Right-wing Israeli march towards Gaza Strip on Monday; a month until Gaza pullout
People like Nadia Matar, Moshe Feiglin, Noam Livnat, Uri Ariel and Effi Eitam, all of whom recently moved to Gush Katif, did not come to contribute to the routine of daily life, but to stir up the residents and organize resistance activities. The prime minister correctly assessed the risks inherent in this development and did what was necessary.
The settlers cannot continue to play a double game and expect empathy. They cannot build a tent city for opponents of the disengagement near the Strip, organize a march of thousands of people to Gush Katif, incite soldiers to disobey orders, and bring thousands of new residents, whom the IDF will then have to evacuate, into Gaza and then expect the government to sit with folded hands. The army and the police must focus on the main task, not waste their strength on nuisances. The complaints of the opposition's leadership, including the comparison of the Strip's closure to the siege of Jerusalem, to ghettoes and to concentration camps, are hardly unexpected. These are exceptionally difficult days, with a high potential for violence and a constant fear of bloodshed.
I thought that this column by Akiva Eldar, "Impressions from the mid-Jerusalem roadblock," about Sharon's sudden, bizarre plan to build a huge wall through the middle of the city was really quite interesting. Also it shows Israeli polls showing wide support for peace negotiations and withdrawals from the territories. But it is an incredibly weird portrait of life in Jerusalem. This look by Meron Benvenisti how life will get messed up by a new Jerusalem fence, including the idea of a "soft transfer", strengthening the Jewish element of Jerusalem while dissolving its Arab element.
Analysis: Timing of Gaza closure was defined by Yesha leadership
The timing of the Gaza Strip's closure was determined by the chief of staff of the Yesha Council of settlements, Bentzi Lieberman, rather than the chief of staff of the Israel Defense Forces, Dan Halutz. The minute the council announced its plans for a mass march to Gush Katif, it was clear that the IDF would advance the closure of Gaza and block access to Gush Katif before the marchers reached it. The question of why the council scheduled the march for next week, rather than allowing Gush Katif residents to enjoy a normal life for as long as possible, as many residents had requested, has two answers. The first is that the march was scheduled to coincide with the Knesset debate on a bill to postpone the disengagement. The Yesha Council, unlike the militant right, believes that the battle will be won or lost in the Knesset, not in the streets. The council's hope is that a mass march will influence some MKs to vote for postponement. How? The council has no real answer, but it hopes that by creating an atmosphere of crisis, of a country on the verge of an explosion, some MKs will be persuaded that postponement is preferable.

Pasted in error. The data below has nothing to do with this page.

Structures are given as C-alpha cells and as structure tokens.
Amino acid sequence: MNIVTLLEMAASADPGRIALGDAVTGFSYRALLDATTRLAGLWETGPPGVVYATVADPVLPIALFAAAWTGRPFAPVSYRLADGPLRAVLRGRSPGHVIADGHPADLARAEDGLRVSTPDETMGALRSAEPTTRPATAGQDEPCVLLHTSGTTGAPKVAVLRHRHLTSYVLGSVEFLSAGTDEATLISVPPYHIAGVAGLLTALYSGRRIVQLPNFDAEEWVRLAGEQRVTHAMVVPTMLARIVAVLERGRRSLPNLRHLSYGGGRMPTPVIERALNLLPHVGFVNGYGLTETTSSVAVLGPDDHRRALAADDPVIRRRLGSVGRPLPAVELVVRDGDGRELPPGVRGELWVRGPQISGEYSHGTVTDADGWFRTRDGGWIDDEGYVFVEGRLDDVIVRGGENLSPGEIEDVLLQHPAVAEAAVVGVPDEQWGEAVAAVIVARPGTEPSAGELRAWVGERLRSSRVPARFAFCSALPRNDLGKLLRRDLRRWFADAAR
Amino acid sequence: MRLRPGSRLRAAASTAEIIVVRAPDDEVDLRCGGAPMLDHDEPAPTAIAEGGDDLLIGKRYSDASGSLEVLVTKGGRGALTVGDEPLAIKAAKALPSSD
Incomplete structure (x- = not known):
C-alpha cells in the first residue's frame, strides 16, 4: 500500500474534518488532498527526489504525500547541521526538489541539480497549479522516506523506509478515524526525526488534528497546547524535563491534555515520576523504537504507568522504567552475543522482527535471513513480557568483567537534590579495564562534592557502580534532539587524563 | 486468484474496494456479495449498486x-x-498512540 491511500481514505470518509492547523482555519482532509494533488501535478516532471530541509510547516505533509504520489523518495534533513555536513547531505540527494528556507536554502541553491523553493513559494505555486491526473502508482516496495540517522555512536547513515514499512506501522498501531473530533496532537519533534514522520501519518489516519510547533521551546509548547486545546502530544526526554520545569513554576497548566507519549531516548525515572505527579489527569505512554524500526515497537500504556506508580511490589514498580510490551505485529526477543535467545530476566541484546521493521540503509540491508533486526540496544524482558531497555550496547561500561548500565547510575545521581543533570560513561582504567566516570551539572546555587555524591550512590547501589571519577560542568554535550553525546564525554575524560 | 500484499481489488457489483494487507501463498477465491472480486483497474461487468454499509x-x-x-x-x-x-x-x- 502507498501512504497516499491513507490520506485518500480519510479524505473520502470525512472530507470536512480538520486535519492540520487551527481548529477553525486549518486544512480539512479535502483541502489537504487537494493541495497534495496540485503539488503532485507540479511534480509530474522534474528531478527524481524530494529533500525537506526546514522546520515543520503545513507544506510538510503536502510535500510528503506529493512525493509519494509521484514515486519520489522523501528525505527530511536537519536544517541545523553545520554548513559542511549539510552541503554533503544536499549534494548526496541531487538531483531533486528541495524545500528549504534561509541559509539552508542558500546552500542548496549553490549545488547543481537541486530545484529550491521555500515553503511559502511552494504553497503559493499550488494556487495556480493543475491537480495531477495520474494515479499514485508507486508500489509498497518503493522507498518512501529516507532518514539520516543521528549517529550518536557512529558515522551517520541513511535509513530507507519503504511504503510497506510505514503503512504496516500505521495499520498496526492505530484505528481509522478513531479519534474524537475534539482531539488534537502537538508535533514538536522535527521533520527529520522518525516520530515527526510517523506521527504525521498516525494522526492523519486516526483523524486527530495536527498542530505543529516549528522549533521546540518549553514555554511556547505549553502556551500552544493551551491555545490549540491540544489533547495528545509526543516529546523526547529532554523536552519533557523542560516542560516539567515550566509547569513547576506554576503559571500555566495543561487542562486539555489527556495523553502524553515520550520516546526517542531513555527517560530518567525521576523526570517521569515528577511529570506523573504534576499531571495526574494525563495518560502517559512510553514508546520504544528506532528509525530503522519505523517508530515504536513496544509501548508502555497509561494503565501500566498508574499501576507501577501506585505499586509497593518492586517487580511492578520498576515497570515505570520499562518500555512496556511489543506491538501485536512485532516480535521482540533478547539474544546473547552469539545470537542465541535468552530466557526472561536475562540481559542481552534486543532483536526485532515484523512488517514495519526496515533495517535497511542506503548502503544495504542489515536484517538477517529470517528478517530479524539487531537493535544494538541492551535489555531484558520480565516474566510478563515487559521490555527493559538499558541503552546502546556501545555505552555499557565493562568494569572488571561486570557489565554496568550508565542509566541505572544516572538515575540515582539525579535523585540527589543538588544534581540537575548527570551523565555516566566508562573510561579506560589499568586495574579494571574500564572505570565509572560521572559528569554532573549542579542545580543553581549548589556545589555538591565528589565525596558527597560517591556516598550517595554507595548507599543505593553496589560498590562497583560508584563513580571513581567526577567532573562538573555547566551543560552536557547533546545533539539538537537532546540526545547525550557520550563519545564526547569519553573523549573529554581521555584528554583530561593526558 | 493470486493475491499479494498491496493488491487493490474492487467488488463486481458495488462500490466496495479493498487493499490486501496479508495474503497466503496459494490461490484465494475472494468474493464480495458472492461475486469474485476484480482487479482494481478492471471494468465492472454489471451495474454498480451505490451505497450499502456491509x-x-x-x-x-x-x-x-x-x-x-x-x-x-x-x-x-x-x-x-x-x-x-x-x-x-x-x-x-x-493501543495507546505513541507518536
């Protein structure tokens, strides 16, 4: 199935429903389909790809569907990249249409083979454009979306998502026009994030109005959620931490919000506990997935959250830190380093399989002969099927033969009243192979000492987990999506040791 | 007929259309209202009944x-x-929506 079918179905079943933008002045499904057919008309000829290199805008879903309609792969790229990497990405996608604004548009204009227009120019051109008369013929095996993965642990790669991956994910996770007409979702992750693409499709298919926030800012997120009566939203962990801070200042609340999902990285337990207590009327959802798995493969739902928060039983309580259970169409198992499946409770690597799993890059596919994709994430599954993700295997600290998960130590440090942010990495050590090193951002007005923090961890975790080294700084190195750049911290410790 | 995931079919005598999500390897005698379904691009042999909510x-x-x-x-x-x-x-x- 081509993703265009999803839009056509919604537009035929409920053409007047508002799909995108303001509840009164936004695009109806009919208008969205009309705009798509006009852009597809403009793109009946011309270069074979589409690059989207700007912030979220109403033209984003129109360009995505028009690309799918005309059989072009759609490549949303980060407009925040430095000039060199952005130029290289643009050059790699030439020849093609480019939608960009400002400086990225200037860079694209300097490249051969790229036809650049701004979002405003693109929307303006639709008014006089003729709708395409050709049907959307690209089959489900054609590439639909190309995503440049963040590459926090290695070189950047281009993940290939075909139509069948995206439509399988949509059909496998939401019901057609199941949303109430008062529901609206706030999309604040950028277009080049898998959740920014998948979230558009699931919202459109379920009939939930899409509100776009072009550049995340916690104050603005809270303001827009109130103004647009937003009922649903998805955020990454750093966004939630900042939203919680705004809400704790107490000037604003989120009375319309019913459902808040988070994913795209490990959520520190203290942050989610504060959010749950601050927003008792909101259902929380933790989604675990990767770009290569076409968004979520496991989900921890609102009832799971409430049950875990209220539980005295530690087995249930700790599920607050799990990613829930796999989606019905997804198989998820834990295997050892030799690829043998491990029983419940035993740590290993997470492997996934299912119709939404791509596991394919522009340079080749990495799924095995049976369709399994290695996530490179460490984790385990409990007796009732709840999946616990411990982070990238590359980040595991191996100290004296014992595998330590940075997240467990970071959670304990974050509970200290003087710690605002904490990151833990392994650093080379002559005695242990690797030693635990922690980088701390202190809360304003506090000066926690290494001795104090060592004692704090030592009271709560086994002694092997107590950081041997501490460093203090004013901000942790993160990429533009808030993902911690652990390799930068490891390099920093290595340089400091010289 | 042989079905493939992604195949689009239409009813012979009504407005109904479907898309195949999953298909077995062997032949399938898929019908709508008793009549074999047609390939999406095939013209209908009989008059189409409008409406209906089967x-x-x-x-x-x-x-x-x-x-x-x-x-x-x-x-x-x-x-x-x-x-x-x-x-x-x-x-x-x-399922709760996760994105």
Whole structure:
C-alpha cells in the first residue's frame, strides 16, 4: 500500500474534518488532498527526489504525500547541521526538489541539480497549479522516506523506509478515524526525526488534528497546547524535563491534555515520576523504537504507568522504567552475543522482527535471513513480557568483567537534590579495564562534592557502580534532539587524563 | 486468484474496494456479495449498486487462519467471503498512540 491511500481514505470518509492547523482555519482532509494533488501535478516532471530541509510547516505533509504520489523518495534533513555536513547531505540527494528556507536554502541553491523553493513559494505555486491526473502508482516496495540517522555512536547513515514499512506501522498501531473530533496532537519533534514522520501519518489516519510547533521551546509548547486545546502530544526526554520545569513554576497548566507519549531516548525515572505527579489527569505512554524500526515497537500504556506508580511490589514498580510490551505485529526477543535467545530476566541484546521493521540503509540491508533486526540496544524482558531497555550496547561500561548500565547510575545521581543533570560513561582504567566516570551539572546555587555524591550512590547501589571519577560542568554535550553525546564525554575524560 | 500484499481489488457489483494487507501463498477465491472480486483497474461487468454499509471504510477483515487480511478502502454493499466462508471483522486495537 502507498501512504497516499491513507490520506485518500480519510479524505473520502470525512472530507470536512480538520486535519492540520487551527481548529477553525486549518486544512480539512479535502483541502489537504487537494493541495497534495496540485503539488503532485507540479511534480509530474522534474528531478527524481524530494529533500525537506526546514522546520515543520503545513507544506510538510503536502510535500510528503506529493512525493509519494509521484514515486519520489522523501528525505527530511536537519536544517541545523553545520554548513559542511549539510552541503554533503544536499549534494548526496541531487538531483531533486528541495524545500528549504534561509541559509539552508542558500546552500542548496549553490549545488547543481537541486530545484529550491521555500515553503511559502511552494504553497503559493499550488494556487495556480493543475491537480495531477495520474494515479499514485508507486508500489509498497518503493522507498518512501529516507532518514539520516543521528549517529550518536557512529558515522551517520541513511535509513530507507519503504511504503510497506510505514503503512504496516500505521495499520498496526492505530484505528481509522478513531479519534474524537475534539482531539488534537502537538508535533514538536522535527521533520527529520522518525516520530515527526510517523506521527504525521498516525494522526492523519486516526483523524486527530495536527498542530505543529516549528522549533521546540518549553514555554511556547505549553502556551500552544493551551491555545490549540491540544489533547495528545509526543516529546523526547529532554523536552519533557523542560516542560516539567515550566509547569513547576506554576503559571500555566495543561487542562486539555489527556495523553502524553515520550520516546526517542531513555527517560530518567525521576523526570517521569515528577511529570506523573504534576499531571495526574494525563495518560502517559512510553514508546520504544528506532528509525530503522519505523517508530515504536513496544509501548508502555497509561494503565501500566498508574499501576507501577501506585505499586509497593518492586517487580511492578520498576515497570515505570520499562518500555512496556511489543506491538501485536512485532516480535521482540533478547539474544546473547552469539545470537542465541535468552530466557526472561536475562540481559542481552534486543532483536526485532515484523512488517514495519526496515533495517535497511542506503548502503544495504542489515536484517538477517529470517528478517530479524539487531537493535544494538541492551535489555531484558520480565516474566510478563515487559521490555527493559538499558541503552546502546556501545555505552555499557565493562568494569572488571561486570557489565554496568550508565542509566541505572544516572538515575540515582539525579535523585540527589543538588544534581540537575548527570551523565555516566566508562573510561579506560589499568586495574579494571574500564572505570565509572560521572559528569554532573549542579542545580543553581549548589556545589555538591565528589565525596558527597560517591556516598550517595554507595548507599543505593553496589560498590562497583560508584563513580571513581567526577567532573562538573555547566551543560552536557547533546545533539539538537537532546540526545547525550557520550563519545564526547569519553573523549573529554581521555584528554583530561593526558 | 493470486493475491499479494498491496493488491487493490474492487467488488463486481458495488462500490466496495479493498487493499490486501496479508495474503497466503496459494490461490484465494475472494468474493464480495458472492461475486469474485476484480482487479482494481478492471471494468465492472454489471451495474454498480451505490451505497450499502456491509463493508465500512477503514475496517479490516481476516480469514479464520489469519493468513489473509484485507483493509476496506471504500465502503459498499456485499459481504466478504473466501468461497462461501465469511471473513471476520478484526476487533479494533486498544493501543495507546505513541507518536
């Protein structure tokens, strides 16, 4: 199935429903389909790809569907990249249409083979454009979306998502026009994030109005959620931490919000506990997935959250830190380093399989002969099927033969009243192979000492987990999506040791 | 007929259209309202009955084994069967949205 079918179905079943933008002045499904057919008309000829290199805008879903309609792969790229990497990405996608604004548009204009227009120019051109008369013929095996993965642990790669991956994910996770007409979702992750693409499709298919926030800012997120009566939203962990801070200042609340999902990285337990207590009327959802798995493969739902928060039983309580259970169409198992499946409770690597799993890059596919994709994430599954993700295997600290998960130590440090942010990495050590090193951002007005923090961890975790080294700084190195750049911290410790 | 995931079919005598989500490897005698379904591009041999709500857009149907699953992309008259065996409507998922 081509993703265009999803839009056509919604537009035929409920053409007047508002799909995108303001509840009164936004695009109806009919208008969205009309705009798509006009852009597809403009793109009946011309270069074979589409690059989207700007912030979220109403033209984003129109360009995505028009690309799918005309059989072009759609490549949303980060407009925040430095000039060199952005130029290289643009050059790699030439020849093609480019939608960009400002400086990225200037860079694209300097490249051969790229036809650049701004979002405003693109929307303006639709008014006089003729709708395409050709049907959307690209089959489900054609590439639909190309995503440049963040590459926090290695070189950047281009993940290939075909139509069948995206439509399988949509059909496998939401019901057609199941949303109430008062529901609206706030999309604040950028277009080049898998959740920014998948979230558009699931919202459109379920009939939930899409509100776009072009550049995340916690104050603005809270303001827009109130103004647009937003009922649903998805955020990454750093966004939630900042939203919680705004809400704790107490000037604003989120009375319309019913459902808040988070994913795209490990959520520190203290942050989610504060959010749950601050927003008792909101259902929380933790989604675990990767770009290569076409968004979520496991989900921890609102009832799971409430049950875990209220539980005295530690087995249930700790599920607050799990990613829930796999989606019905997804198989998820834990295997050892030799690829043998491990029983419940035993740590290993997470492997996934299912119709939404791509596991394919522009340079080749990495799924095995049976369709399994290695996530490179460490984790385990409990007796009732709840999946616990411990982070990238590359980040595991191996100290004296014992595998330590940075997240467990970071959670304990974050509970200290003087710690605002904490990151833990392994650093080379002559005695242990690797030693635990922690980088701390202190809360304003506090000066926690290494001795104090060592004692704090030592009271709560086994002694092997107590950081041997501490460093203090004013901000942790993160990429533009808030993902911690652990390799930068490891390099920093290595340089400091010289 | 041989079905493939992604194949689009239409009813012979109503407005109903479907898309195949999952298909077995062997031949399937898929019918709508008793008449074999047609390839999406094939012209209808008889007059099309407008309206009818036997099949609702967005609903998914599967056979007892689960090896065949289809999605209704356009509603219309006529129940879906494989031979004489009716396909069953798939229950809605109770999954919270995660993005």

More below the fold.....
"It is all Israel," Fragmentation of Palestinian agricultural land behind the West Bank fence by Amira Hass:
Listen to the soldier in the field. He says what his commanders were trained to cover up and embellish. Listen to the red-headed soldier, who prevented residents of Qafin from passing through the gate in the separation fence last month to get to their lands. These are 5,000 out of 8,200 dunams of agricultural land in a village in the northwestern West Bank. These are lands belonging to the families of these residents for several generations, and for so-called security reasons they were separated from the village - as has happened, and will happen, with hundreds of other Palestinian villages.
But the red-headed soldier didn't discuss only the gate. He didn't hide the geopolitical worldview in whose name he is commanded to safeguard the gate's welfare. "There is no entry to Israel from here," he said. When he was told that the farmers don't want to enter Israel, but to walk 200 meters to get to their age-old lands, a few kilometers away from the Green Line, he responded: "To be politically correct, it is all Israel." How right the soldier is. From his standpoint, on the security road that links up with bypass roads for Jews only, which in turn link up with settlements and Israel proper, this is what he and his colleagues watch every day: The space called "Israel," from the river to the sea, containing all kinds of "crowded population concentrations" surrounded by fences and imprisoned behind locked gates.
The residents of Qafin have come to one conclusion: The goal is to bring about the neglect of their green agricultural lands until they become wilderness. Then Israel can rely on an old Ottoman law that allows neglected and abandoned land to become public property, in order to make the wilderness bloom. In Israel, as every soldier knows, the "public" is the same as the "Jews." And so will the mistake of 1948 be rectified. At that time, some 18,000 dunams from Qafin became part of Israel, became Jewish land. Now it will happen to an additional 5,000 dunams.
Noam Livnat is the brother of the Israeli education minister, and he was just arrested for violating a restraining order barring him from entering Gaza after a violent confrontation: